Tornadoes can touch down in southern Iowa. An example is the April 2012 tornado that hit Creston.
Now that spring weather is on its way, so is severe-weather season.
The Iowa Homeland Security, Emergency Management Division and National Weather Service have declared the week of March 25 through 29 Severe Weather Awareness Week.
The highlight of the week will be the statewide tornado drill scheduled Wednesday morning.
“It’s just a good opportunity for people to practice their drills and practice where they’re supposed to go — whether it’s in their house or whether it’s in their business,” said Clarke County Emergency Management Coordinator Allan Mathias.
Mathias said if the “real thing comes,” people need to know what they should do, where they should go and how to create a plan.
He advised having flashlights, radios, food and cellphones in case of an emergency.
For more information on weather warnings, Mathias recommended downloading an app through the Red Cross for severe weather warnings and information. There’s different apps though the Red Cross, including “Tornado” and “First Aid.”
“Once a tornado goes through, chances are you’re not going to have any power,” he said. “Depending on where the tornado goes through, you may or may not have any cellphone coverage anyway.”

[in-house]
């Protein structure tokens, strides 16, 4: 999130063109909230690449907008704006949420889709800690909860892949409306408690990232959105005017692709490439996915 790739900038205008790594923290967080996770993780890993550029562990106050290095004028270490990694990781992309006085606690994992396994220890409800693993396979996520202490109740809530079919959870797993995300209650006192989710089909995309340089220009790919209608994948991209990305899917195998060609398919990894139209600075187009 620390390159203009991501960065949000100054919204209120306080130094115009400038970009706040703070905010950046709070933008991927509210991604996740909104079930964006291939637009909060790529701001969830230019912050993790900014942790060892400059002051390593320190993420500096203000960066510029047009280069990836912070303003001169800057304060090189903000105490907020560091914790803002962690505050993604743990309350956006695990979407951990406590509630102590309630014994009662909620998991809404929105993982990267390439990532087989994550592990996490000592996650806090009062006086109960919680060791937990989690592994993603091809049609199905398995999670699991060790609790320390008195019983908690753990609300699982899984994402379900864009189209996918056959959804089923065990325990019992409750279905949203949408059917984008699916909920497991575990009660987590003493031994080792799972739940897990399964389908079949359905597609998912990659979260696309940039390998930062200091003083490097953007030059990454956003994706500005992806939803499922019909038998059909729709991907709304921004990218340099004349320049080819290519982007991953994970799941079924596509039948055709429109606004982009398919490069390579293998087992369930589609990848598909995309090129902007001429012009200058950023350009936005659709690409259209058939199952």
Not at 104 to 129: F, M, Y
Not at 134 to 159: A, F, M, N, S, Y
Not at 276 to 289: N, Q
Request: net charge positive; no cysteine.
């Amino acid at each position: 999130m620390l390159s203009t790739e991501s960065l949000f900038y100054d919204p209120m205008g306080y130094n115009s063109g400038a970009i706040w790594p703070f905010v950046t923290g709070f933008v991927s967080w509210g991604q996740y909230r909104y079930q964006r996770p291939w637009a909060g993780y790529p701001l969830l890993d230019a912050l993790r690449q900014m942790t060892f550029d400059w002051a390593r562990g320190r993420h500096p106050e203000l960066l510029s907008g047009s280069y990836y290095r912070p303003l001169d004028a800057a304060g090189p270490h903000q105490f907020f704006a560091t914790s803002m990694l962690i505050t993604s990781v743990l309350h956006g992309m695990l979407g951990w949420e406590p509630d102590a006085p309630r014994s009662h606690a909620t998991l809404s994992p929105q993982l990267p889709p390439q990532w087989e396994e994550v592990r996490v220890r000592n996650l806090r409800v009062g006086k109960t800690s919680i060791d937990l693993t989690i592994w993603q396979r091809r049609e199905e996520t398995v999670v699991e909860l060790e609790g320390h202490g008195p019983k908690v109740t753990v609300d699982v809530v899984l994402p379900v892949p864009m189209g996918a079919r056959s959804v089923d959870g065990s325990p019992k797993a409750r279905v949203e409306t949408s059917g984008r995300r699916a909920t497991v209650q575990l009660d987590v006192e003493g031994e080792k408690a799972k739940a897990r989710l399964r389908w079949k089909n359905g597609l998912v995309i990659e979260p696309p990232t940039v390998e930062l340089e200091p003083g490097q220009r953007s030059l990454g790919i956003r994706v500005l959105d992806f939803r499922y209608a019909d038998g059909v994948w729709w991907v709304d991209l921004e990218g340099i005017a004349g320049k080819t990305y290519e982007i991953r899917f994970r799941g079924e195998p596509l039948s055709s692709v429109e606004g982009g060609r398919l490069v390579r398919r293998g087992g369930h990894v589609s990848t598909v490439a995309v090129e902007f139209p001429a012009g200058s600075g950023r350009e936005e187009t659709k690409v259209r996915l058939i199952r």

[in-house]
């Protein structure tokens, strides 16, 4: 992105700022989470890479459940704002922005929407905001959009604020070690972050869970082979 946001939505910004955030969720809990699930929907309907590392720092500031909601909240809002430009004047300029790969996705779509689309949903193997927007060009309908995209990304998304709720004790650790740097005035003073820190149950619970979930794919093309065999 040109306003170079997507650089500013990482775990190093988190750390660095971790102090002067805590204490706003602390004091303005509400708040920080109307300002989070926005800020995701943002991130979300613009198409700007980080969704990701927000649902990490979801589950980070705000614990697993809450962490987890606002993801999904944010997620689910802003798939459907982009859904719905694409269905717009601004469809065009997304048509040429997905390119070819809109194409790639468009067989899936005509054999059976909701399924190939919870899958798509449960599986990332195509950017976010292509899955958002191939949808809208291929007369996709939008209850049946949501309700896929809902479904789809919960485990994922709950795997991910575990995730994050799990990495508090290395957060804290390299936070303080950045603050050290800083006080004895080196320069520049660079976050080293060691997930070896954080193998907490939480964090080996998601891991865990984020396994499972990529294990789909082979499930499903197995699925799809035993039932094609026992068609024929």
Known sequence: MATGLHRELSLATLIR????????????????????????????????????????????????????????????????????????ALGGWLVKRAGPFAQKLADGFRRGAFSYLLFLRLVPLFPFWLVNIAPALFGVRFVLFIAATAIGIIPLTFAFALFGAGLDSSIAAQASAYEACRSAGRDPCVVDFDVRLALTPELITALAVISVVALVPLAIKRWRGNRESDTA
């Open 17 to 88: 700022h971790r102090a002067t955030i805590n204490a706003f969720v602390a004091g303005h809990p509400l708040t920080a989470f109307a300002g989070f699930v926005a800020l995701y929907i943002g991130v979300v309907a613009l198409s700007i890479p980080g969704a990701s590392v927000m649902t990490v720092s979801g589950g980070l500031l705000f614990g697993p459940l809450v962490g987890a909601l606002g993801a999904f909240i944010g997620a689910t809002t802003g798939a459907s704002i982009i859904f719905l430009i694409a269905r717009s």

Many areas of Creston lost power and cell-phone coverage after the April 2012 tornado.
“It’s important to let your family members know where you’re going to go when you take shelter,” Mathias said. “Do you have a specific place in your house that you’re going to go to? They need to know where that area is at. So, if your home collapses on top of wherever you are, they know what part of the home to look for you at.”
He added, it’s important to let people know if a safety plan is to go to a neighbor’s house during severe weather.
Mathias said people tend to want to run outside and see what’s happening during severe weather. This can lead to a greater potential for injuries. The best place to go after a tornado-warning siren is an area that’s been designated for shelter.
If a house doesn’t have a basement, Mathias said a center area of a house that doesn’t have any windows is a good place to be.
If such an area doesn’t exist, Mathias recommended finding a closet or corner of the house and having a couch next to you for cover. Also, don’t worry about closing windows before taking shelter because, more than likely, the storm will blow them out.
“We’ve been fortunate, so, hopefully, the need for that will never come up,” Mathias said.